But some, if not most, of the magazine’s appeal never had anything to do with what was actually in the magazine; it was about the idea of the magazine, the mystique associated with it as a place where young lovers of literature, most of whom were the well-groomed and well-mannered graduates of the nation’s elite colleges, could apprentice for a year, or more, after college, and attend some glamorous parties in exchange for reading through the slush pile.
(The parties now held at the magazine’s office are still the best opportunity for Manhattan’s most promising editorial assistants to brush up against the likes of Salman Rushdie, who was at last week’s soiree for the Fall issue.)
Plimpton was in large part the perpetuator of this mystique—he was, after all, the man who was a professional amateur (or, more pejoratively, a dilettante), who seems to have been engaging and wildly intellectually curious and more than a little mischievous, and he also happened to have loads of rich friends whom he was able to convince to support his little but influential magazine. For most of his tenure, the magazine was run as a for-profit enterprise, though most of the time there wasn’t much profit to speak of. Plimpton himself never took a salary, and some years it was only due to his largesse that the magazine stayed alive.
At the same time, he cultivated a motley crew of interns and “editorial assistants” who were welcome to work for free at his townhouse, many of whom (Mr. Gourevitch’s wife, the New Yorker writer Larissa MacFarquhar, among them) went on to illustrious publishing careers of their own. But it was never the kind of place that made much of an effort to hire writers or editors who were not of a social milieu that would have been unfamiliar to Plimpton. One of the current board members, Antonio Weiss, who is a managing director in Paris at the investment bank Lazard, is Plimpton’s former assistant and a former editor at the magazine, and is married to the magazine’s Paris editor, Susannah Hunnewell. He recalled that he was an editor of the literary magazine as an undergraduate at Yale, “which was sort of a link into The Paris Review,” he told The Observer by phone. “I got to know George just by being around.”
Does that New York really still exist? In some ways, that’s the question that faces Mr. Gourevitch’s Paris Review. He probably wouldn’t put it that way, but he does think that a magazine has to be relevant, has to be of its time.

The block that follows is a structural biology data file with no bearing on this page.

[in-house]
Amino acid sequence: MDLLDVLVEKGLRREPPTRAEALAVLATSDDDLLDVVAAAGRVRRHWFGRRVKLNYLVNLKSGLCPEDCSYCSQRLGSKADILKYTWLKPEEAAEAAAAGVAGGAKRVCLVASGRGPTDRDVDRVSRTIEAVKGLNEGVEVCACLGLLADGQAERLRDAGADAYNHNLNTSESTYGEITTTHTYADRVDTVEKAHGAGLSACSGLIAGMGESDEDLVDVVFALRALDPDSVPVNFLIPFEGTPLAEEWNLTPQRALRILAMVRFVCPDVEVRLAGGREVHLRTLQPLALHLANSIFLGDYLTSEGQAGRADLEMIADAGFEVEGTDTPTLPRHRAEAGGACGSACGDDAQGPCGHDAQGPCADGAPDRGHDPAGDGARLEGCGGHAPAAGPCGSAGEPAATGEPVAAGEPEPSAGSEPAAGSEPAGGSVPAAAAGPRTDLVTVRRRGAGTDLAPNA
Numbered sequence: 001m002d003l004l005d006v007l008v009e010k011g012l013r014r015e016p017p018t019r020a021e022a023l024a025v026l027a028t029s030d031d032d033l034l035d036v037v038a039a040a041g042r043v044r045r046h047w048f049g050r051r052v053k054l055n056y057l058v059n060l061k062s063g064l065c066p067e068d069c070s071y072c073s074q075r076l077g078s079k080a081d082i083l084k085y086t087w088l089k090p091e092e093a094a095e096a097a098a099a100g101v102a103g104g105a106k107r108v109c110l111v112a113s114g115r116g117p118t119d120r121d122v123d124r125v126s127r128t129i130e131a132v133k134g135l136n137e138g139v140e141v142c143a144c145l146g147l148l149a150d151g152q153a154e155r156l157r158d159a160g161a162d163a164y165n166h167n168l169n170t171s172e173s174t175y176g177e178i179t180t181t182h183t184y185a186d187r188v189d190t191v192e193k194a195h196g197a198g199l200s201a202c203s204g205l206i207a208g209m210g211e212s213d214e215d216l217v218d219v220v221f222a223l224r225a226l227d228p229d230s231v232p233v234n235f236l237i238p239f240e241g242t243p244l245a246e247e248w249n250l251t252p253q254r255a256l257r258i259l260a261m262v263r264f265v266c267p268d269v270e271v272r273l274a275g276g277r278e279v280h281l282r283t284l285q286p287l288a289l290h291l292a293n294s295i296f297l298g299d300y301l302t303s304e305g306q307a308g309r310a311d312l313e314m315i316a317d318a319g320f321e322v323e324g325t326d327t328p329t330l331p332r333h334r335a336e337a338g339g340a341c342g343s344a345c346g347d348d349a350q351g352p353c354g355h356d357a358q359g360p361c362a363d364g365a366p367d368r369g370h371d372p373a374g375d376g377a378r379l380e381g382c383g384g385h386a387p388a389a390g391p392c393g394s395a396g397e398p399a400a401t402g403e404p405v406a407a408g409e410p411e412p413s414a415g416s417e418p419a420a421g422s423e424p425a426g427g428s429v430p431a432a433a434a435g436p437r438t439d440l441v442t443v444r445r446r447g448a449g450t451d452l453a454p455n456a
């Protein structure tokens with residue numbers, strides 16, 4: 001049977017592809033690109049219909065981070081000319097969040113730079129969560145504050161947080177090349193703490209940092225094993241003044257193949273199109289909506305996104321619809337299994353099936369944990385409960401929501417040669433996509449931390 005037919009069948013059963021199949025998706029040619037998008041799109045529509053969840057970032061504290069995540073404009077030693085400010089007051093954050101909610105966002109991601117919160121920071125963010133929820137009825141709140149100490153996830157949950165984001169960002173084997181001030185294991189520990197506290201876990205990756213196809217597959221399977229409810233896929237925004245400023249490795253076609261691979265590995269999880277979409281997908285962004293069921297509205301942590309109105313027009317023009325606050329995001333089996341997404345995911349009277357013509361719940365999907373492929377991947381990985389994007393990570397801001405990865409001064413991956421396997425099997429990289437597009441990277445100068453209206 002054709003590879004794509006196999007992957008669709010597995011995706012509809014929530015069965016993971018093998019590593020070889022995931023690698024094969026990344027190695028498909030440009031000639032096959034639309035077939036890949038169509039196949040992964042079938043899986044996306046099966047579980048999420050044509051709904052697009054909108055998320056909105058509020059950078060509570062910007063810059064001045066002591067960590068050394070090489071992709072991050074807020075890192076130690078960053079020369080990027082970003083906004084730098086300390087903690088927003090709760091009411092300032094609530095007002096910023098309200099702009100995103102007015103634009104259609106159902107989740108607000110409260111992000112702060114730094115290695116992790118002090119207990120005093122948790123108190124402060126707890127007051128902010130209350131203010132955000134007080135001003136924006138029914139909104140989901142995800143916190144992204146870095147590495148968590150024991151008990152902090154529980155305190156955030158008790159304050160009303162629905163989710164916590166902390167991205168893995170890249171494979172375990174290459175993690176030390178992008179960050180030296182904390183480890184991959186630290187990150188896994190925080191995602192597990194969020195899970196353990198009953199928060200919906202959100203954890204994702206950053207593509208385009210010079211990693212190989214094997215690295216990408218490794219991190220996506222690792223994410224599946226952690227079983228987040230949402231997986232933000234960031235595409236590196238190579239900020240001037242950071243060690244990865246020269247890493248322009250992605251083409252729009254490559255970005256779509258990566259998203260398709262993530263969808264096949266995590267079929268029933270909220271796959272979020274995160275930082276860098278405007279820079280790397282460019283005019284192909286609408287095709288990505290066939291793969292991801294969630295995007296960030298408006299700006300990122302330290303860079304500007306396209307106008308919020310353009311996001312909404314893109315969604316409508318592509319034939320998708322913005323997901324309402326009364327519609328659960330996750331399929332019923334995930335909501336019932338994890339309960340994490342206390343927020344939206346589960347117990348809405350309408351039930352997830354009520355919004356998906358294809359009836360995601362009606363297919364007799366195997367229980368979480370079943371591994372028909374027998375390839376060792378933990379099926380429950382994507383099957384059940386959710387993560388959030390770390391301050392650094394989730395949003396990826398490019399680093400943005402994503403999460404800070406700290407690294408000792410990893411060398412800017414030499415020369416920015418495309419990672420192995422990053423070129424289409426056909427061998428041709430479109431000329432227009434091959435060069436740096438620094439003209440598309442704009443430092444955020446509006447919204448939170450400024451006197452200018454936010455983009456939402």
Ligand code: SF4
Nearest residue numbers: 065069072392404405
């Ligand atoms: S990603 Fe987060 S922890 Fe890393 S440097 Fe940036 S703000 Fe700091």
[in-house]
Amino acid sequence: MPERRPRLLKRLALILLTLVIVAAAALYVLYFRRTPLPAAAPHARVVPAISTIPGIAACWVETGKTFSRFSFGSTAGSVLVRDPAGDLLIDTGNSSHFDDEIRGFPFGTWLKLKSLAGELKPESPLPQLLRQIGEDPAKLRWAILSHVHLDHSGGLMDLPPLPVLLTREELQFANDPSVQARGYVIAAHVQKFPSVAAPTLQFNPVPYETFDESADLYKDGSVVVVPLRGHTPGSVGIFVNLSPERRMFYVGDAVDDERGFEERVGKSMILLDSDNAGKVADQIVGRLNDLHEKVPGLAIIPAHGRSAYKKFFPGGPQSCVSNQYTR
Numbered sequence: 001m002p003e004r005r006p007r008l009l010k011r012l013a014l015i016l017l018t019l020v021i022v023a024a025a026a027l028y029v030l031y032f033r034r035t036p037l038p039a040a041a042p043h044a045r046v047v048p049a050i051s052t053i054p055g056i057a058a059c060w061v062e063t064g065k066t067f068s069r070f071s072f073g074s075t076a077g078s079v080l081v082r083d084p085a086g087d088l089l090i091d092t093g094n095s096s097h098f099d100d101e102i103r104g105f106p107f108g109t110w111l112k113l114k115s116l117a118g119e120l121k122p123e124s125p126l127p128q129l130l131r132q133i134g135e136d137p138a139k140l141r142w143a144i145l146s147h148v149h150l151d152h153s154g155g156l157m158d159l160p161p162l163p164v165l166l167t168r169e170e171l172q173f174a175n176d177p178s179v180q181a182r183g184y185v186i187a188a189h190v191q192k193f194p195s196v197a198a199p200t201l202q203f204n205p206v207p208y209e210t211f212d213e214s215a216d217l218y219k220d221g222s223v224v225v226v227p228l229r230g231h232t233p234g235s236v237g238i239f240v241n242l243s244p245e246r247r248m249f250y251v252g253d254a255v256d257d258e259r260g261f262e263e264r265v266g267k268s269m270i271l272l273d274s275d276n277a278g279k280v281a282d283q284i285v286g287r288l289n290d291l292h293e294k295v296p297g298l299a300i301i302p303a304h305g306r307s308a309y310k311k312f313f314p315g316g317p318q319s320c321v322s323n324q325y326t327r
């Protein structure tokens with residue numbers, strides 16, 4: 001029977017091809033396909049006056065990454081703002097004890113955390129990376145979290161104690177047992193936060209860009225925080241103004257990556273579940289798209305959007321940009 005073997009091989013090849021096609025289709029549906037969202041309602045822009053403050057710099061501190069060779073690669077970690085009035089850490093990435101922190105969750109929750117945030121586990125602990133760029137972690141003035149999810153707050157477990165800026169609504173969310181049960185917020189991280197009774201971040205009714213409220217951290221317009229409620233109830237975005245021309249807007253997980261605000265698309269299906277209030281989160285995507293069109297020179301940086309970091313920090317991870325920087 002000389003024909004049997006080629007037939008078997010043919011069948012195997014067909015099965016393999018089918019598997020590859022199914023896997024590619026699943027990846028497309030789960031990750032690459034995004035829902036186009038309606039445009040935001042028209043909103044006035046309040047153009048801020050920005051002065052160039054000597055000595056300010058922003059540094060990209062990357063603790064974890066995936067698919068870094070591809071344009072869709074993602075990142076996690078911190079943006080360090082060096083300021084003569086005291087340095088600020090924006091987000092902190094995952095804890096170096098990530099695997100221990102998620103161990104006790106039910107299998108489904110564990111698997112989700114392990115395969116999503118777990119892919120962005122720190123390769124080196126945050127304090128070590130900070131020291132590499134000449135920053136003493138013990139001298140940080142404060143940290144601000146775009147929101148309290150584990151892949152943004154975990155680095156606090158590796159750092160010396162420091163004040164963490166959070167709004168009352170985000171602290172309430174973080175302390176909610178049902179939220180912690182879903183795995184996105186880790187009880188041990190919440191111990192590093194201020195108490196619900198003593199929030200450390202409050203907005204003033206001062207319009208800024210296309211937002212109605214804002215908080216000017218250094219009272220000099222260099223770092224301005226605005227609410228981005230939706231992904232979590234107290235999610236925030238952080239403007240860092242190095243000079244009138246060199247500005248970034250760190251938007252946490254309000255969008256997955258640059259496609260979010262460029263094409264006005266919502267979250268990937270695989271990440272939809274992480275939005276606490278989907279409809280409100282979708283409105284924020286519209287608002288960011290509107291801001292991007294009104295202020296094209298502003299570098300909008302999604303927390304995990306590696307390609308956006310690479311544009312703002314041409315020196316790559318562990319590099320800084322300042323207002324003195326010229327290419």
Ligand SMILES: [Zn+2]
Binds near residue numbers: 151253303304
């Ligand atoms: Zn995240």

“Even the ones that are really great, they belong to a moment, a certain kind of getting together of energy and taste,” he said. “And often the editors themselves are new writers, and everyone either fails miserably or succeeds spectacularly, and the energy is not in that place anymore and another group starts up another magazine.”
Mr. Gourevitch’s Paris Review is another magazine. Though he never, exactly, criticizes his predecessor, and certainly not by name, Mr. Gourevitch seems to regard Plimpton’s tenure as one of some rather unrealized potential. “Yes, it was a little bit madcap and it was kind of funny,” he said. “But it’s important to me that this is not a break from the past. It is an attempt to take something and give it a rethink that it hadn’t really been given. It was sort of moving on momentum for a long time. And some bits of it were great—the interviews—but some were clearly better edited than others.”
Among Mr. Gourevitch’s signature early moves was to fire the magazine’s longtime poetry editor, Richard Howard, in favor of the poets Charles Simic, who is also a professor at the University of New Hampshire, and Meghan O’Rourke, who is also the literary editor of Slate.
Legend has it that Mr. Howard was known for encouraging his Columbia M.F.A. students to submit poems to the magazine.
“I thought the magazine just had way too many things in it,” said Mr. Gourevitch. “It had way too many poets—not poems, but poets. Are you telling me, as an editor, that there are 30 poets I must not miss for this quarter? Is there not something else out there, considering that this magazine is not the sole outlet for poetry? I don’t believe it. So then, I think you are actually throwing way too much stuff at me waiting to see if it will stick, and I would much rather be given a much more contained choice.” Today, the magazine has cut its poet quotient by about two-thirds, publishing around 10 per issue. Mr. Gourevitch’s most recent hire is Matt Weiland, who swapped his deputy editor position at Granta for the same title at The Paris Review.
And then there are less tangible changes. According to Mr. Gourevitch, the magazine had early on proceeded from a certain antiacademic vocation. Here’s how Mr. Gourevitch paraphrased George Plimpton’s early mission for the magazine, from the manifesto that appeared with the first issue of The Paris Review:
“It’s not really philistines that are going to kill us, it’s learned chatter that is going to kill us, and that is going to kill literature, and what this magazine should be is for the good writers, not people who are table-thumpers,” he said. (A Time magazine article from 1958 called it “a magazine dedicated to the proposition that authors are more interesting than critics.”)